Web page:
Sardinia in Italy, casu marzu is a cheese that is home to live insect larvae. These larvae are deliberately added to the cheese to promote a level of fermentation that is close to decomposition, at which point the cheese’s fats are broken down. The tiny, translucent worms can jump up to half a foot if disturbed, which explains why some people prefer to brush off the insects before enjoying a spoonful of the pungent cheese.
Anthony Bourdain, known for eating some of the strangest foods in the world, claims that hakarl is the most disgusting thing he has ever eaten. Made by gutting a Greenland or Basking shark and then fermenting it for two to four months, hakarl is an Icelandic food that reeks with the smell of ammonia. It is available all year round in Icelandic stores and often served in cubes on toothpicks.
Fugu is the Japanese word for the poisonous puffer fish, filled with enough of the poison tetrodotoxin to be lethal. Only specially-trained chefs, who undergo two to three years of training and have passed an official test, can prepare the fish. Some chefs will choose to leave a minute amount of poison in the fish to cause a tingling sensation on the tongue and lips as fugu can be quite bland. Perhaps the fuss of fugu is more in surviving the experience than the actual taste of the deadly fish.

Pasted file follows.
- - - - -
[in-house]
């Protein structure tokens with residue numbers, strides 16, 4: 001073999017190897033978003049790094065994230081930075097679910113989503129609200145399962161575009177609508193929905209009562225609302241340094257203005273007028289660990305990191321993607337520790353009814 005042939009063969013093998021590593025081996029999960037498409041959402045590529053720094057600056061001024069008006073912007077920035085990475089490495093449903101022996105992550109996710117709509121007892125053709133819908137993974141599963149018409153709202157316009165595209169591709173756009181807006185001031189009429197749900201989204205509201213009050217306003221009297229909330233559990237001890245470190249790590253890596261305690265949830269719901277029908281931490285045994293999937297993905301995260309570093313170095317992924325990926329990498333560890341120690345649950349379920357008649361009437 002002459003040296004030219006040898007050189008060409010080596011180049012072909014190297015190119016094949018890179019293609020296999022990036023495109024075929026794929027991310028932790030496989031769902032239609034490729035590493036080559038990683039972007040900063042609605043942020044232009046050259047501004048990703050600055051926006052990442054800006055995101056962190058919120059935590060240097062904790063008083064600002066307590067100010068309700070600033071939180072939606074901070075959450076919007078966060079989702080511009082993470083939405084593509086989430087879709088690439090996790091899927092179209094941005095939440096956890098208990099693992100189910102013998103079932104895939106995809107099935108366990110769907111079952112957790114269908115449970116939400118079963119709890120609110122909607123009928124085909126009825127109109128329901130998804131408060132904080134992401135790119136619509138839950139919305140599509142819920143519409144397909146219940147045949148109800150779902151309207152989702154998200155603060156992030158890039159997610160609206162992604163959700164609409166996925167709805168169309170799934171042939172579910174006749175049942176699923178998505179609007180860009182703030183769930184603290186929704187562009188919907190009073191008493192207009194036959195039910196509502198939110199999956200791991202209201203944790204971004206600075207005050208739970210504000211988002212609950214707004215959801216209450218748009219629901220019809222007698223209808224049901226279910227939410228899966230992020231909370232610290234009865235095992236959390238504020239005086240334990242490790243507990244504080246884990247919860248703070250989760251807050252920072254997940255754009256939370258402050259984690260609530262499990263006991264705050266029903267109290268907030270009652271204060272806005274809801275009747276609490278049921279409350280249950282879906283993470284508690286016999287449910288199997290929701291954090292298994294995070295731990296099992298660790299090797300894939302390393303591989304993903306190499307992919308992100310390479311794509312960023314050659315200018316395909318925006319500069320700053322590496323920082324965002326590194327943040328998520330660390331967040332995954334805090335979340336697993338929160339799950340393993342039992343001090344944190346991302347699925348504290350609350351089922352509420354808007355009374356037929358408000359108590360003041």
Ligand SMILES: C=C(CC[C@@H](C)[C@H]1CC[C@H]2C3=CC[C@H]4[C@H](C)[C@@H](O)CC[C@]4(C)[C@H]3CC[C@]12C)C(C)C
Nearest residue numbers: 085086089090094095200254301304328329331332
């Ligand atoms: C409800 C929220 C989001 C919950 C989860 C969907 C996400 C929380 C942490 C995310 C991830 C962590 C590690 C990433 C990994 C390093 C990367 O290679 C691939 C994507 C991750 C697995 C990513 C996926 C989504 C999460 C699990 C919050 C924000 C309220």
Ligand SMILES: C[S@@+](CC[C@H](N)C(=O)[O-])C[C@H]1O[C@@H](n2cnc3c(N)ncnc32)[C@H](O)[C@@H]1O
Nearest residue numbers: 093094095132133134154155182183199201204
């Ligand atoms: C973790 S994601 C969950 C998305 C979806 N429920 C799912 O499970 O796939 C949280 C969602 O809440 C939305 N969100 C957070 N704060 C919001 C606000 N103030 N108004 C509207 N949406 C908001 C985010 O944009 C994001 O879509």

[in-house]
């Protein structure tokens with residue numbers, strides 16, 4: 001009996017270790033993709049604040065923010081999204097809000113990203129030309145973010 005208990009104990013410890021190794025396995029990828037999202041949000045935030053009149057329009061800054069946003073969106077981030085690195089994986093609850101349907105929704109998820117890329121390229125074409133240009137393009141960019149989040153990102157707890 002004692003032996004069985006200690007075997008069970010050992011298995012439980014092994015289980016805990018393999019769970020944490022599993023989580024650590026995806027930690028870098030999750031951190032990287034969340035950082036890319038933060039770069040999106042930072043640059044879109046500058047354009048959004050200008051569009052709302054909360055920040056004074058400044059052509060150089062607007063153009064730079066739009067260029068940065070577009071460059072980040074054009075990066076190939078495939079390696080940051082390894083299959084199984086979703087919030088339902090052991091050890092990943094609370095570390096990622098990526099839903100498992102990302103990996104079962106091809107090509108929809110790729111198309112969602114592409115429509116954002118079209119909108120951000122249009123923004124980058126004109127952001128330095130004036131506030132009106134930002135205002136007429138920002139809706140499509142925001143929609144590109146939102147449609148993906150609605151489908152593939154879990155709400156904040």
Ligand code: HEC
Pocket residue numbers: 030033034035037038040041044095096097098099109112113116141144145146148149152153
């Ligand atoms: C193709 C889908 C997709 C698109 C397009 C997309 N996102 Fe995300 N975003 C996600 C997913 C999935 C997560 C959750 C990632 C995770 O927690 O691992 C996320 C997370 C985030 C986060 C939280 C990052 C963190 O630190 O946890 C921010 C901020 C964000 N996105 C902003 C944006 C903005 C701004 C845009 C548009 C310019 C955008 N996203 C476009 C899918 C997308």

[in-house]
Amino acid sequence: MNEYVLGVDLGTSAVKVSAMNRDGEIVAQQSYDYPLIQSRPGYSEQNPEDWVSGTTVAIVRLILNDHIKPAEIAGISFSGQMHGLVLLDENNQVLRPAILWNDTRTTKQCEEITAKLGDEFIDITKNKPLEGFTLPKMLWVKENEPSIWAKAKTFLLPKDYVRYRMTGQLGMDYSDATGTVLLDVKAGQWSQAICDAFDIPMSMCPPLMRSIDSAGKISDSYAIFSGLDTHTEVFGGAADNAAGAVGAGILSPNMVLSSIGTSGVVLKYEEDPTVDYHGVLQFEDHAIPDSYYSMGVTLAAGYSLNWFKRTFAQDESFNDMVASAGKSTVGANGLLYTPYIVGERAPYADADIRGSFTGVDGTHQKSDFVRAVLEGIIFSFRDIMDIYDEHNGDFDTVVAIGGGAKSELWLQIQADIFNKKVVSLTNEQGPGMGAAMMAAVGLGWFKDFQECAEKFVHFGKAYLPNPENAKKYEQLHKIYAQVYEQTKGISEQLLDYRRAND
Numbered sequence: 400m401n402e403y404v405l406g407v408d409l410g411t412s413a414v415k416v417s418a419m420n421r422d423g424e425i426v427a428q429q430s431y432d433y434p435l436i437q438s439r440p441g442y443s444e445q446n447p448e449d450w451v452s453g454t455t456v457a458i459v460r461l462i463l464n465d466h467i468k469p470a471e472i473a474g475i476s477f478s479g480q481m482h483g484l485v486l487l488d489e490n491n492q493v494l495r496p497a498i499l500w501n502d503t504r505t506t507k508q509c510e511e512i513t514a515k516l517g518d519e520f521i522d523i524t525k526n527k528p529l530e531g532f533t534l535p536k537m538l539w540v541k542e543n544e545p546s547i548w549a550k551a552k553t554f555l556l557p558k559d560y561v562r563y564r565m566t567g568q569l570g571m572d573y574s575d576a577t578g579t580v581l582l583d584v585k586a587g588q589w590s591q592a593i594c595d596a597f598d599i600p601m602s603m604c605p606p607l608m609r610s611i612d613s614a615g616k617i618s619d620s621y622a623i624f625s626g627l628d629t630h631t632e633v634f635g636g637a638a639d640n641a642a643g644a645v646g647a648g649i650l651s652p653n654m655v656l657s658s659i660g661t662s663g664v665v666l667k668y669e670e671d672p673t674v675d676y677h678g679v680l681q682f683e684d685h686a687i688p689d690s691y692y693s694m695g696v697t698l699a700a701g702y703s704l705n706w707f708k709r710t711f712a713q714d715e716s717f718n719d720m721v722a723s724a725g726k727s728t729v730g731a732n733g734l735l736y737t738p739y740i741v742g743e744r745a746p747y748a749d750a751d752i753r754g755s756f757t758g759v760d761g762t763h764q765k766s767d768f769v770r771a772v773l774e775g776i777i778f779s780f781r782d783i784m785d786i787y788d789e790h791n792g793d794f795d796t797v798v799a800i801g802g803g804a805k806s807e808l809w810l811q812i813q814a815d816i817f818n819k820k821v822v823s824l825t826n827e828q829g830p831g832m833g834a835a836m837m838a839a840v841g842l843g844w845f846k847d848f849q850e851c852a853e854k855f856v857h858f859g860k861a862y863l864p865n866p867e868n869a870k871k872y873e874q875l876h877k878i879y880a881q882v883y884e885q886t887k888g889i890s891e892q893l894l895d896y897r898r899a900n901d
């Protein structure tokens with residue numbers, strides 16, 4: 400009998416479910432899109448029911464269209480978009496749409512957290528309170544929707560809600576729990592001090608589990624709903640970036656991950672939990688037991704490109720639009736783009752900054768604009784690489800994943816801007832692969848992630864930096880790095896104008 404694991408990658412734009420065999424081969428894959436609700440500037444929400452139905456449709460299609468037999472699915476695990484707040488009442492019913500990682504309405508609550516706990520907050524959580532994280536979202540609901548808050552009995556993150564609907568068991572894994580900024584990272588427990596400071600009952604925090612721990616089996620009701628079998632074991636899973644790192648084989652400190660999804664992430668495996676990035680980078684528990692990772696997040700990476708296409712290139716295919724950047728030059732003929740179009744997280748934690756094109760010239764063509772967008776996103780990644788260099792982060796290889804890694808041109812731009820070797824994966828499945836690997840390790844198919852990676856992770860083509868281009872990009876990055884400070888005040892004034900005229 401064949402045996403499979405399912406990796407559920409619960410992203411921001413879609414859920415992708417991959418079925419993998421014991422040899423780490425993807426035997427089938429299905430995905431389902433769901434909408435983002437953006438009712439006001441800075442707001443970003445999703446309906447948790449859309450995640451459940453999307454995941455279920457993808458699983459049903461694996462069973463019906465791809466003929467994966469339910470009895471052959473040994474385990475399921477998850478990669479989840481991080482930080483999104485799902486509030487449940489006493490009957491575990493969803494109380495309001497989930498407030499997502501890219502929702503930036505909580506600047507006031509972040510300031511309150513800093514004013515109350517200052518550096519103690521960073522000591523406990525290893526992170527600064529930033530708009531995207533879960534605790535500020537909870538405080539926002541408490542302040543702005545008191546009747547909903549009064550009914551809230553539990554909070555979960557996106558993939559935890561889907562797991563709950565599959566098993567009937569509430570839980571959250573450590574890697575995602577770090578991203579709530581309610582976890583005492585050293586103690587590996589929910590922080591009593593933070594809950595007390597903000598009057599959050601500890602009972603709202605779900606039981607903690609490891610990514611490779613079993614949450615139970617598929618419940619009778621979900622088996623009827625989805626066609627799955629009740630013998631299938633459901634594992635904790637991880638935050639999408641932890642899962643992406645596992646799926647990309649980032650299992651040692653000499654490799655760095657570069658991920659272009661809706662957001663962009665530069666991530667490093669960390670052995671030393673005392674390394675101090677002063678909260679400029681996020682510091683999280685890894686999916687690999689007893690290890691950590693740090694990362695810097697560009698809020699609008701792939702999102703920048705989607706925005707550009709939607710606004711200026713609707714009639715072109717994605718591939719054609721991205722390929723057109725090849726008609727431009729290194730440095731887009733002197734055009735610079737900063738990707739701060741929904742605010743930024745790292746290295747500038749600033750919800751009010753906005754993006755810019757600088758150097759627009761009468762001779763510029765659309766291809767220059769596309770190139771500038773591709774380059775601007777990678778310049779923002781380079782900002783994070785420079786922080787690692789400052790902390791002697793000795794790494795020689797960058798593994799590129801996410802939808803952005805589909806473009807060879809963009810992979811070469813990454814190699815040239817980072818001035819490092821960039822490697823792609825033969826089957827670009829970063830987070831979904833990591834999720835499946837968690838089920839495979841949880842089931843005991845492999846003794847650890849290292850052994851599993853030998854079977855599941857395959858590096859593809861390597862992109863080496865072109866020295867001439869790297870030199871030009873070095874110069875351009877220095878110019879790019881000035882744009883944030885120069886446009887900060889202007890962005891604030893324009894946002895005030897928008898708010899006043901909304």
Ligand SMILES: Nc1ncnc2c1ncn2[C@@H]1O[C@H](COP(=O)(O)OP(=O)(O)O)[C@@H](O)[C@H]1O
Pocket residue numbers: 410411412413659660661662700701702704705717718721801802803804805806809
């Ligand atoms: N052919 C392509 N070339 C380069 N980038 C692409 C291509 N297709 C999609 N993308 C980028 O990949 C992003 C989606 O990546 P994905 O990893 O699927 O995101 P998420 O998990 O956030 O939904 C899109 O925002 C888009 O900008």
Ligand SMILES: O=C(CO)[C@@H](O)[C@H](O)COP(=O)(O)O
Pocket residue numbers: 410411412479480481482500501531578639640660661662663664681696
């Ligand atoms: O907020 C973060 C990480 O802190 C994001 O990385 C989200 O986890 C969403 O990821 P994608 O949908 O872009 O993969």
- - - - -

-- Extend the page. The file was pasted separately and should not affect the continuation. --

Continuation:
3. Casu Marzu
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With sashimi and sushi readily available the world over, eating raw seafood is no longer considered a dining adventure. The Korean delicacy sannakji however, is something quite different, as the seafood isn't quite dead. Live baby octopus are sliced up and seasoned with sesame oil. The tentacles are still squirming when this dish is served and, if not chewed carefully, the tiny suction cups can stick to the mouth and throat. This is not a dish for the fainthearted.
Balut seems to be on every "strange food" list, usually at the top, and for good reason. Though no longer wriggling on the plate like the live octopus inKorea, the fertilized duck or chicken egg with a nearly-developed embryo that is boiled and eaten in the shell is easily one of the strangest foods in the world. Balut is very common in the Philippines, Cambodia and Vietnam and usually sold by street vendors. It is said balut tastes like egg and duck (or chicken), which is essentially what it is. It is surprising to many that a food that appears so bizarre—often the with the bird's features clearly developed--can taste so banal. In the end, apparently everything does indeed, just taste like chicken.